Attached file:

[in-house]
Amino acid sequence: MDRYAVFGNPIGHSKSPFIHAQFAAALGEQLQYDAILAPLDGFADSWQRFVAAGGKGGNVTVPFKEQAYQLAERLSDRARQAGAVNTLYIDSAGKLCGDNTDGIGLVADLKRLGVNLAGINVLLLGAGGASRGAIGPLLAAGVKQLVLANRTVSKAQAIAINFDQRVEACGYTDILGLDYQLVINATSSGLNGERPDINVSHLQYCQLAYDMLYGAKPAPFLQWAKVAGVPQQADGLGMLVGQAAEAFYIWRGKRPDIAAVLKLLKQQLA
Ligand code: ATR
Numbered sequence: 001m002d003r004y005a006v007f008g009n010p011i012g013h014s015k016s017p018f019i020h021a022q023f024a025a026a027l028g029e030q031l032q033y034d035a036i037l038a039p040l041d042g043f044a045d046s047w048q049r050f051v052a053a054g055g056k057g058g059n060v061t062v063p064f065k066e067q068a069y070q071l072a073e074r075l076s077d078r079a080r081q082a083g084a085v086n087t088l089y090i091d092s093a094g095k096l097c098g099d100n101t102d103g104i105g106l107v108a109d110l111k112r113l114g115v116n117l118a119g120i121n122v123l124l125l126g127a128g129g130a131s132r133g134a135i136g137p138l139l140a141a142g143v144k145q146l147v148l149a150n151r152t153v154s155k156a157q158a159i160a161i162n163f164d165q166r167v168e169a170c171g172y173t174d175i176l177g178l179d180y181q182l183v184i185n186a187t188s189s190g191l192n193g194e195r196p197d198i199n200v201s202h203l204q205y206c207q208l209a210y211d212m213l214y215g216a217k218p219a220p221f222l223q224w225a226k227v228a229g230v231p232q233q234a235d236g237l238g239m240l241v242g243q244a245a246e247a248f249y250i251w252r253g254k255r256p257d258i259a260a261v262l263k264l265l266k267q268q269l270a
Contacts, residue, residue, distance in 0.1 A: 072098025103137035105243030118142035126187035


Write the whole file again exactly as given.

[in-house]
Amino acid sequence: MDRYAVFGNPIGHSKSPFIHAQFAAALGEQLQYDAILAPLDGFADSWQRFVAAGGKGGNVTVPFKEQAYQLAERLSDRARQAGAVNTLYIDSAGKLCGDNTDGIGLVADLKRLGVNLAGINVLLLGAGGASRGAIGPLLAAGVKQLVLANRTVSKAQAIAINFDQRVEACGYTDILGLDYQLVINATSSGLNGERPDINVSHLQYCQLAYDMLYGAKPAPFLQWAKVAGVPQQADGLGMLVGQAAEAFYIWRGKRPDIAAVLKLLKQQLA
Ligand code: ATR
Numbered sequence: 001m002d003r004y005a006v007f008g009n010p011i012g013h014s015k016s017p018f019i020h021a022q023f024a025a026a027l028g029e030q031l032q033y034d035a036i037l038a039p040l041d042g043f044a045d046s047w048q049r050f051v052a053a054g055g056k057g058g059n060v061t062v063p064f065k066e067q068a069y070q071l072a073e074r075l076s077d078r079a080r081q082a083g084a085v086n087t088l089y090i091d092s093a094g095k096l097c098g099d100n101t102d103g104i105g106l107v108a109d110l111k112r113l114g115v116n117l118a119g120i121n122v123l124l125l126g127a128g129g130a131s132r133g134a135i136g137p138l139l140a141a142g143v144k145q146l147v148l149a150n151r152t153v154s155k156a157q158a159i160a161i162n163f164d165q166r167v168e169a170c171g172y173t174d175i176l177g178l179d180y181q182l183v184i185n186a187t188s189s190g191l192n193g194e195r196p197d198i199n200v201s202h203l204q205y206c207q208l209a210y211d212m213l214y215g216a217k218p219a220p221f222l223q224w225a226k227v228a229g230v231p232q233q234a235d236g237l238g239m240l241v242g243q244a245a246e247a248f249y250i251w252r253g254k255r256p257d258i259a260a261v262l263k264l265l266k267q268q269l270a
Contacts, residue, residue, distance in 0.1 A: 072098025103137035105243030118142035126187035